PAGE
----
"He's a kid that I think probably could've played in the NHL this year, let alone next year," MacLean said. "I think we saw that with Seth Jones, as well, last year. They've just been put into positions where they've been able to acclimatize and get comfortable and confident and develop their skills at the appropriate pace, and they're ready for the next step."

Typically, there's a learning curve for even the best young defencemen before they can become NHL regulars, let alone stars. But a handful from the top 10 of the 2012 draft, including the Toronto Maple Leafs' Morgan Rielly, Anaheim Ducks' Hampus Lindholm and Columbus Blue Jackets' Ryan Murray, played the full 2013-14 season and showed it may not be as steep as it once was.

During the season, then-Predators and now Washington Capitals coach Barry Trotz theorized that it's because junior hockey has more pro systems designed to help defencemen adapt quicker.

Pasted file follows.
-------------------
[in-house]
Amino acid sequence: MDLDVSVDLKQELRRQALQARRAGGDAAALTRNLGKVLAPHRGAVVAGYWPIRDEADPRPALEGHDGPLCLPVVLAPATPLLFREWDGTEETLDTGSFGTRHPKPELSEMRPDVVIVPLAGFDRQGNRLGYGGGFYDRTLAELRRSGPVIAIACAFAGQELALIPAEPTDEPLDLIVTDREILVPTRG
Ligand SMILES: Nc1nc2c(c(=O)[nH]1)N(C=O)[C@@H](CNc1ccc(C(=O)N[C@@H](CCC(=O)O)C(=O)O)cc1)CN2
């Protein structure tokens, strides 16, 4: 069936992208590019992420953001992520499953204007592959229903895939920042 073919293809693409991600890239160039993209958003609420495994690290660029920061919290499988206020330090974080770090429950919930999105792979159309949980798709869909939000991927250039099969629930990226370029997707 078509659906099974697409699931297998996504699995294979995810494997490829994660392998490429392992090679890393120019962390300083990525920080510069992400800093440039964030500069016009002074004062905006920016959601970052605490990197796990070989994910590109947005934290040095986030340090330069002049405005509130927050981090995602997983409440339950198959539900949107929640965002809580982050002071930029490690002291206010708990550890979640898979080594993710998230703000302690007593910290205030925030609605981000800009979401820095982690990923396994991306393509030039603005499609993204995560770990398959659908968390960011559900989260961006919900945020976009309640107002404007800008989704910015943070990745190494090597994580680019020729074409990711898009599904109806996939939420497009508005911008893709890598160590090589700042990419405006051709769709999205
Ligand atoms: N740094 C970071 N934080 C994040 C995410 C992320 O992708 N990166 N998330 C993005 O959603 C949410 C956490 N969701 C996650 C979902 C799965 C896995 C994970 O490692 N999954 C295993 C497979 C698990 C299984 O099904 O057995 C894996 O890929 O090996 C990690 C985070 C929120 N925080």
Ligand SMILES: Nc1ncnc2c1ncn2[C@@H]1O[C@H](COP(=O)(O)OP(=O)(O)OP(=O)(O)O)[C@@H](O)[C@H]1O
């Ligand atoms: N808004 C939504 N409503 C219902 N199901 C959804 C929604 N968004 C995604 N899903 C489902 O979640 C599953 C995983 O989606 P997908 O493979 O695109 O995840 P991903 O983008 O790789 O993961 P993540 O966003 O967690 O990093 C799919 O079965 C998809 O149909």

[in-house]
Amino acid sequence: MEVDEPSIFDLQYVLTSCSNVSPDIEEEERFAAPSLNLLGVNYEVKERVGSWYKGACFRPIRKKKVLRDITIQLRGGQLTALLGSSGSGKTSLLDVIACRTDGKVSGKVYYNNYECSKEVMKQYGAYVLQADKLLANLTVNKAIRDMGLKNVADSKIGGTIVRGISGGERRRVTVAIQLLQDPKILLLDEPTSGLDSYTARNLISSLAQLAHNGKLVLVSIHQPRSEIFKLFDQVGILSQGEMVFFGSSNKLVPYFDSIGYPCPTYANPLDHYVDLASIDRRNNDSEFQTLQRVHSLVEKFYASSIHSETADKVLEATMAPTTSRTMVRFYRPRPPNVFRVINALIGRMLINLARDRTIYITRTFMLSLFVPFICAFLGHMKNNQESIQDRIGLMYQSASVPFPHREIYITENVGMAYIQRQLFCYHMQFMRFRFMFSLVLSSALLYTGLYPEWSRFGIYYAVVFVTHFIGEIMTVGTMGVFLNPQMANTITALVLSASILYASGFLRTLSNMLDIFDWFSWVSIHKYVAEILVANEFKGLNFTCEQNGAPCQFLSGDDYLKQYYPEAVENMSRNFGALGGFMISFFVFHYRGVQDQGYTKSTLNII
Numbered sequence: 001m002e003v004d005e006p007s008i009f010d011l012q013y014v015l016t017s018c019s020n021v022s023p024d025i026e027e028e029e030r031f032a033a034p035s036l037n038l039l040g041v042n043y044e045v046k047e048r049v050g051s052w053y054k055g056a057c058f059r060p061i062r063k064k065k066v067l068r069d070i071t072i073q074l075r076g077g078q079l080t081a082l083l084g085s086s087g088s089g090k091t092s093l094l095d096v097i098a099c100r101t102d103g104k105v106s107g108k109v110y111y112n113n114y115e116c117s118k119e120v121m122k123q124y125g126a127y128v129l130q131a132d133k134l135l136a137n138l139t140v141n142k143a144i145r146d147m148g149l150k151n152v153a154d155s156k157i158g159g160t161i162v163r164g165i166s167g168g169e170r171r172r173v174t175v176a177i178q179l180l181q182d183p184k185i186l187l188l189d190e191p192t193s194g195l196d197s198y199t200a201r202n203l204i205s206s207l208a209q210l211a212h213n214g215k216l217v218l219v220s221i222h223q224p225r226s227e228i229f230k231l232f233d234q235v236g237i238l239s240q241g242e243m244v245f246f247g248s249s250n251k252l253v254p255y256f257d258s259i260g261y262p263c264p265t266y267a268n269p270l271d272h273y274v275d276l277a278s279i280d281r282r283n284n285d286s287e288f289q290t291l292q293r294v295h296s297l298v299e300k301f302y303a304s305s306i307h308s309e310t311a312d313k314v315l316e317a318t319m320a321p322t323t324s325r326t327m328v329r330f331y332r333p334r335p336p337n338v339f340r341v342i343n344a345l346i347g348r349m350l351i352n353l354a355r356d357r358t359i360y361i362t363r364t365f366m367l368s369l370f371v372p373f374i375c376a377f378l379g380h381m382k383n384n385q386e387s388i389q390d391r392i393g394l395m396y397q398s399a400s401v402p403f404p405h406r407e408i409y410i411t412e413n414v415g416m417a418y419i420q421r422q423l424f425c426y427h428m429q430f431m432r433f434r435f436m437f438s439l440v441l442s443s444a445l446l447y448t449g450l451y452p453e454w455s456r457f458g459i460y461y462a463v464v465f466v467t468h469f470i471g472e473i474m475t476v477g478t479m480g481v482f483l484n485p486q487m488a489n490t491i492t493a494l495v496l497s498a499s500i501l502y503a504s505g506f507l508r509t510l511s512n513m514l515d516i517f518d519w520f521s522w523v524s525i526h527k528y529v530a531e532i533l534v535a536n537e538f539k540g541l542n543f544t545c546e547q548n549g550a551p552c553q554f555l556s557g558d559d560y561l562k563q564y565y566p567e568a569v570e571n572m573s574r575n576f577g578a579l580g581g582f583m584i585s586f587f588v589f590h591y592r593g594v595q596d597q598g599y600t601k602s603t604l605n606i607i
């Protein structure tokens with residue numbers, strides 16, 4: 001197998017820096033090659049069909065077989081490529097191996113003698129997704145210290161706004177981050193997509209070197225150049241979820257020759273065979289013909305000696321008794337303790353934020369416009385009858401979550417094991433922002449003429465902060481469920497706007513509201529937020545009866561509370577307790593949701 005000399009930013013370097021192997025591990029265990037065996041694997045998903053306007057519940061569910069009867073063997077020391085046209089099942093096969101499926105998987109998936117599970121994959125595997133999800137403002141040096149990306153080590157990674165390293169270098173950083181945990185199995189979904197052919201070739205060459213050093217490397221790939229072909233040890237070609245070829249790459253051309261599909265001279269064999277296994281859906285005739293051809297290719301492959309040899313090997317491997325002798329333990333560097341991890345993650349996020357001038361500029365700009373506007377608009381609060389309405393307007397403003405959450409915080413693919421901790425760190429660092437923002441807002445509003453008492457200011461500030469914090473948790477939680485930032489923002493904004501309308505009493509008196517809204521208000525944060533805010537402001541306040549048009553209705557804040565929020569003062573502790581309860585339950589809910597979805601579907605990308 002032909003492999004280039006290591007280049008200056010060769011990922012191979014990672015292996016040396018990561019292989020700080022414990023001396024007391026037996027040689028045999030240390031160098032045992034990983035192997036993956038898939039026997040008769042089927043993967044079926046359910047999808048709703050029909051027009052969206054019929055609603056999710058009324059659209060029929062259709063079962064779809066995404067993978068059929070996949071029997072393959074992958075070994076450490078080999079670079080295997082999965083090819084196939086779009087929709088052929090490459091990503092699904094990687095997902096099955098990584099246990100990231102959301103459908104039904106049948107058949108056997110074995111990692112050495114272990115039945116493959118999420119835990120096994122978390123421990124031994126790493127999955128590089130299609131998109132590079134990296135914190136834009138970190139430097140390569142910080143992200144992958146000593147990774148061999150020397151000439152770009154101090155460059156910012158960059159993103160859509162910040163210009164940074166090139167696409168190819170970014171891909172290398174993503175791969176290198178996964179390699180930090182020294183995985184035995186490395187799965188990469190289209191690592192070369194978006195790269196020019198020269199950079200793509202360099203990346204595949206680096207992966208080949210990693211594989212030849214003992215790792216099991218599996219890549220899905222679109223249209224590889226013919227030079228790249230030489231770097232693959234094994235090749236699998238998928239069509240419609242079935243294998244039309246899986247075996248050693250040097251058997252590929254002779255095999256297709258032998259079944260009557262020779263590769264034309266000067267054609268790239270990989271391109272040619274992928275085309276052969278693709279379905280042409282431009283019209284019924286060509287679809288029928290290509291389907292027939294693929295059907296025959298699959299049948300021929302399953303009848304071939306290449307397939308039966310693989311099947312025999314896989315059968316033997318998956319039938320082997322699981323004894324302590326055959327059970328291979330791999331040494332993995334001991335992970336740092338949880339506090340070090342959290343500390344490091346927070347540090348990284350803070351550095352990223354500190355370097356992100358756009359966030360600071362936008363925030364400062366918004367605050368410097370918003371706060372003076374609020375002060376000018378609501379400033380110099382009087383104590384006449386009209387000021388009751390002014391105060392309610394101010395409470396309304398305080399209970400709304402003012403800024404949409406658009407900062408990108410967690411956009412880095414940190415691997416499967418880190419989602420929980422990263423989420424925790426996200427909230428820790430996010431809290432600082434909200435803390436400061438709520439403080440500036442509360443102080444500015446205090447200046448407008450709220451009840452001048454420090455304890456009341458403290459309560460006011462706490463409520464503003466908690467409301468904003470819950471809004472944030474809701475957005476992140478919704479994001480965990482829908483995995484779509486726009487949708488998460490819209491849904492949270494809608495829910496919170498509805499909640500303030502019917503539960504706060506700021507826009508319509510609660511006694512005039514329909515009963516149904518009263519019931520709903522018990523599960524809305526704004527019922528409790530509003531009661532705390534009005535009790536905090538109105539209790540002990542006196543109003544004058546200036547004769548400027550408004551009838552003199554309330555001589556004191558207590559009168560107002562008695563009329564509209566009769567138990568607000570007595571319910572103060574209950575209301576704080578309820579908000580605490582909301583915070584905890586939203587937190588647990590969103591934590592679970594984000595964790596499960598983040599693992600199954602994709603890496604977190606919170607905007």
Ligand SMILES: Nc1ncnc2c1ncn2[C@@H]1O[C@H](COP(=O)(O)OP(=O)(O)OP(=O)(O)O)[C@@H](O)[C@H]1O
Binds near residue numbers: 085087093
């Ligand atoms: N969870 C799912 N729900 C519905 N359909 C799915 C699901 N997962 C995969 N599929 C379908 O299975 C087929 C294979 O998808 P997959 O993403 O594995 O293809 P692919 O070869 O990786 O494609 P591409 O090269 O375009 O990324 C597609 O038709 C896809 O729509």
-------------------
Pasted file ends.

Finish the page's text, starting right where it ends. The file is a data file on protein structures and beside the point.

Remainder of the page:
Stewart thinks Ekblad can adjust on the fly because of his awareness. After being given the captaincy in Barrie, Ekblad "was trying to do everything," Stewart said, before recognizing his weaknesses and dialling back to what he's good at.

"He has shown time and time again that he learns from mistakes," Stewart said. "Ekblad is always thinking and while he does make some mistakes from time to time, he also shows an ability to compensate for any situational deficiencies. Because of his slower feet, while defending speedy forwards attacking the zone, he gives himself a little larger gap than say if he were going up against someone he feels he can easily wedge off the puck.